Journal of Paleolimnology

, Volume 40, Issue 4, pp 1143–1158 | Cite as

Sediment dynamics in an upland temperate catchment: changing sediment sources, rates and deposition

  • Robert G. Hatfield
  • Barbara A. Maher
  • Jacqueline M. Pates
  • Philip A. Barker
Original Paper


We examine sediment dynamics in an upland, temperate lake system, Lake Bassenthwaite (NW England), in the context of changing climate and land use, using magnetic and physical core properties. Dating and analysis of the sedimentary records of nine recovered cores identify spatially variable sedimentation rates across the deep lake basin. Mineral magnetic techniques, supported by independent geochemical analyses, identify significant variations both in sediment source and flux over the last ∼2100 years. Between ∼100 years BC and ∼1700 AD, sediment fluxes to the lake were low and dominated by material sourced from within the River Derwent sub-catchment (providing 80% of the hydraulic load at the present day). Post-1700 AD, the lake sediments became dominantly sourced from Newlands Beck (presently providing ∼10% of the lake’s hydraulic load). Three successive, major pulses of erosion and increased sediment flux appear linked to specific activities within the catchment, specifically: mining activities and associated deforestation in the mid-late nineteenth century; agricultural intensification in the mid-twentieth century and, within the last decade, the additional possible impact of climate change. These results are important for all upland areas as modifications in climate become progressively superimposed upon the effects of previous and/or ongoing anthropogenic catchment disturbance.


Environmental magnetism Magnetic susceptibility Sediment tracing Lake sediments Land use change Climate change 



This research was supported by a Lancaster University 40th Anniversary studentship to RGH. BAM gratefully acknowledges financial support from the Royal Society. We would like to thank Dr. Ian Winfield for the bathymetry data, Victoria Keeton for analysis of water content and dry bulk density on some of the lake cores and Katherine Day for undertaking 210Pb analyses on BASS 5.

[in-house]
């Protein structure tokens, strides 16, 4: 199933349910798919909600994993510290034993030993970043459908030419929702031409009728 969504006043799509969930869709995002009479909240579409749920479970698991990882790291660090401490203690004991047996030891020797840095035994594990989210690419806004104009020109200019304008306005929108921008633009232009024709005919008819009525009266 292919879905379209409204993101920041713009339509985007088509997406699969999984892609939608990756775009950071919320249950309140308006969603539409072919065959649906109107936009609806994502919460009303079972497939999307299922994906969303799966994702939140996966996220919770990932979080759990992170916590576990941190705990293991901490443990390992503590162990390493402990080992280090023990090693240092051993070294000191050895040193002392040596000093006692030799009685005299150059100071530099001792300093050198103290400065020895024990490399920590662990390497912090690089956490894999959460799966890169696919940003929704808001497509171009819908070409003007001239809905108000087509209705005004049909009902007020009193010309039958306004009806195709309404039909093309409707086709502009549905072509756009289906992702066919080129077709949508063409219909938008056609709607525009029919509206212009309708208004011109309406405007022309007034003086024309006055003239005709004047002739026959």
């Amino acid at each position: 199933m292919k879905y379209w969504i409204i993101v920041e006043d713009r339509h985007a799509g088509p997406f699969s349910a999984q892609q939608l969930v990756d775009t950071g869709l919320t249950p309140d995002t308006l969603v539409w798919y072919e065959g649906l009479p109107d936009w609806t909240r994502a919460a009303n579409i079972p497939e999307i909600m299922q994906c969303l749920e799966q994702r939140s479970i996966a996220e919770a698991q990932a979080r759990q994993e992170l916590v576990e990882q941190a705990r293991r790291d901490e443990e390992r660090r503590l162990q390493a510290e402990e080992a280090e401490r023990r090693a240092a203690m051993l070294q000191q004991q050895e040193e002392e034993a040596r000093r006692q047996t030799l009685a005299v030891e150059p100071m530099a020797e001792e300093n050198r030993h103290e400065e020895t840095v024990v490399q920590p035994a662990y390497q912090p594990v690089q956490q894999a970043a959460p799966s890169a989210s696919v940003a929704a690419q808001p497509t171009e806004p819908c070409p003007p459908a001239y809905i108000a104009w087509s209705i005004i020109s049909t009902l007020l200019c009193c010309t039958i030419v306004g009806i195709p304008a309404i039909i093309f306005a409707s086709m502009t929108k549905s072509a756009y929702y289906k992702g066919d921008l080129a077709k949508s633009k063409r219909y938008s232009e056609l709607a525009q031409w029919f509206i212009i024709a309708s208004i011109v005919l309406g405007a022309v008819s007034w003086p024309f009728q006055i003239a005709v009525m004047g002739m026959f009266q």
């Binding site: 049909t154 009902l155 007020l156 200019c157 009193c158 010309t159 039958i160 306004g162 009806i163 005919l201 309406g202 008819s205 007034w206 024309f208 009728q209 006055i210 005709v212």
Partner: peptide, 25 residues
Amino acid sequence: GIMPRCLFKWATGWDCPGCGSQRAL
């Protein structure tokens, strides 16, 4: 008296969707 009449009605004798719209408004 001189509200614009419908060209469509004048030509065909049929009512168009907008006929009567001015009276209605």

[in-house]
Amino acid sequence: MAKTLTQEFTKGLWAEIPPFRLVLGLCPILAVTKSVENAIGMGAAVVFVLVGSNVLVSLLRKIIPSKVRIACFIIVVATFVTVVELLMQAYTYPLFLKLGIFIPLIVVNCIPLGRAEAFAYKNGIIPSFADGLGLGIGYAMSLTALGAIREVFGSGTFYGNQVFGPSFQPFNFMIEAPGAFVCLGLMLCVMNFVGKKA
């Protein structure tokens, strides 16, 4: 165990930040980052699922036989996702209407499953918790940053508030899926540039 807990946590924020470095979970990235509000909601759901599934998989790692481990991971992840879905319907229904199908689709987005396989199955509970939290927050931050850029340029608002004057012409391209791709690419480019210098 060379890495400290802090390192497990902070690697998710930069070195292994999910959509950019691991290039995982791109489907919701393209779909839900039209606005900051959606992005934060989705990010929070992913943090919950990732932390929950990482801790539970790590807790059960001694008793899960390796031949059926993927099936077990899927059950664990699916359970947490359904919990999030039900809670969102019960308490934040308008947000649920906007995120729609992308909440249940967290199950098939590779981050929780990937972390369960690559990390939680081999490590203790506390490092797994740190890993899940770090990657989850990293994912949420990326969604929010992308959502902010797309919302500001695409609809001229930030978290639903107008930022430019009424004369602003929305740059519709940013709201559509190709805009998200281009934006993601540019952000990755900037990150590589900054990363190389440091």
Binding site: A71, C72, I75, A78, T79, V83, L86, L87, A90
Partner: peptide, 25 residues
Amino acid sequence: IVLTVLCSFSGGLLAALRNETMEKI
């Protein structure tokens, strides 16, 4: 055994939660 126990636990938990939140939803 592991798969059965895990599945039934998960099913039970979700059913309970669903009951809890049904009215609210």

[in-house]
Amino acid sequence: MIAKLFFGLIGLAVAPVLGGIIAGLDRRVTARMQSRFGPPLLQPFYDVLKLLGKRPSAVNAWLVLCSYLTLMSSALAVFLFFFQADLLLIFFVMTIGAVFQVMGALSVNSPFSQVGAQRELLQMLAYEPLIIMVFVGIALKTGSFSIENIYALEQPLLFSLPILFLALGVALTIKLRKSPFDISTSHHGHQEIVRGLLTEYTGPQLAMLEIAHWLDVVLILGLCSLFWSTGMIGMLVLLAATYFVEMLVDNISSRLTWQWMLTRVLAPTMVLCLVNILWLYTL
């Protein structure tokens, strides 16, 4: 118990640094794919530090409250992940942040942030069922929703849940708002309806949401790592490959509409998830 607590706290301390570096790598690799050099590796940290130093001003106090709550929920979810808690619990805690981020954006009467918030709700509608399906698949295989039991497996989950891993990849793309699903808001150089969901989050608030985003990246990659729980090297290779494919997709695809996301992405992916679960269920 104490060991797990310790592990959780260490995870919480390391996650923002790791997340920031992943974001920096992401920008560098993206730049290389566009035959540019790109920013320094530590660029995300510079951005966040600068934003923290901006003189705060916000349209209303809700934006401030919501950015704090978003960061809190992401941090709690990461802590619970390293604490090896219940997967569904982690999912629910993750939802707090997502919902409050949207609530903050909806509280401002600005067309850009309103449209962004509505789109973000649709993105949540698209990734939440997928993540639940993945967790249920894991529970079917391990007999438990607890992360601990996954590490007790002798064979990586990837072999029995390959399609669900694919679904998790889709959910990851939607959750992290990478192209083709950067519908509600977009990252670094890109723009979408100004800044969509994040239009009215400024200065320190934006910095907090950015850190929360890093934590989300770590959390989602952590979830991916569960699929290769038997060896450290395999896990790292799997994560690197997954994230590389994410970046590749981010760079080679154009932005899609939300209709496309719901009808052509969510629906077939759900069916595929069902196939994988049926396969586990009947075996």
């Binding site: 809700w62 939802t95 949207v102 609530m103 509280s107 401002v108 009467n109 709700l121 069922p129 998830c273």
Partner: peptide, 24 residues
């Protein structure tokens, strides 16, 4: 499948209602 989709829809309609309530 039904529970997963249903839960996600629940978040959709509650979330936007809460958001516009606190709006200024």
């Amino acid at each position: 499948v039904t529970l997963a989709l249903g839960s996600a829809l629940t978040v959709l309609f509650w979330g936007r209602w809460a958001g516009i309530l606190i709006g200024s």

1. Appleby PG, Oldfield F (1992) Application of lead-210 to sedimentation studies. In: Ivanovich M, Harmon RS (eds) Uranium series disequilibrium: applications to earth, marine and environmental sciences. Clarendon Press, OxfordGoogle Scholar
  2. Battarbee RW, Anderson NJ, Appleby PG, Flower RJ, Fritz SC, Haworth EY, Higgit S, Jones VJ, Kreiser A, Munro MAR, Natkanski J, Oldfield F, Patrick ST, Richardson NG, Rippey B, Stevenson AC (1988) Lake acidification in the United Kingdom 1800–1986. Ensis Publishing, LondonGoogle Scholar
  3. Bennion H, Montheith D, Appleby P (2000) Temporal and geographical variation in lake trophic status in the English Lake District: evidence from (sub) fossil diatoms and aquatic macrophytes. Freshw Biol 45:394–412. doi:10.1046/j.1365-2427.2000.00626.x CrossRefGoogle Scholar
  4. Bindler R, Renberg I, Brannvall ML, Emteryd O, El-Daoushy F (2001) A whole-basin study of sediment accumulation using stable lead isotopes and flyash particles in an acidified lake, Sweden. Limnol Oceanogr 46:178–188Google Scholar
  5. Blais JM, Kalff J (1995) The influence of lake morphometry on sediment focusing. Limnol Oceanogr 40:582–588CrossRefGoogle Scholar
  6. British Geological Survey (1992) Regional geochemistry of the Lake District and adjacent areas. British Geological Survey, NottinghamGoogle Scholar
  7. Bronk Ramsey C (2005) Improving the resolution of radiocarbon dating by statistical analysis. In: Levy TE, Higham TFG (eds) The bible and radiocarbon dating: archaeology, text and science. Equinox, LondonGoogle Scholar
  8. Dankers PH (1978) Magnetic properties of dispersed natural iron oxides of known grain size. Unpublished Ph.D. Thesis, University of UtrechtGoogle Scholar
  9. Davis MB (1969) Climatic changes in southern Connecticut recorded by pollen deposition at Rogers Lake. Ecology 50:409–422. doi:10.2307/1933891 CrossRefGoogle Scholar
  10. Davis MB (1976) Erosion rates and land-use history in southern Michigan. Environ Conserv 3:139–148Google Scholar
  11. Davis MB, Moeller RE, Ford J (1984) Sediment focussing and pollen influx. In: Haworth EY, Lund JWG (eds) Sediments and environmental history: studies in palaeolimnology in honour of Winifred Tutin. Leicester University Press, LeicesterGoogle Scholar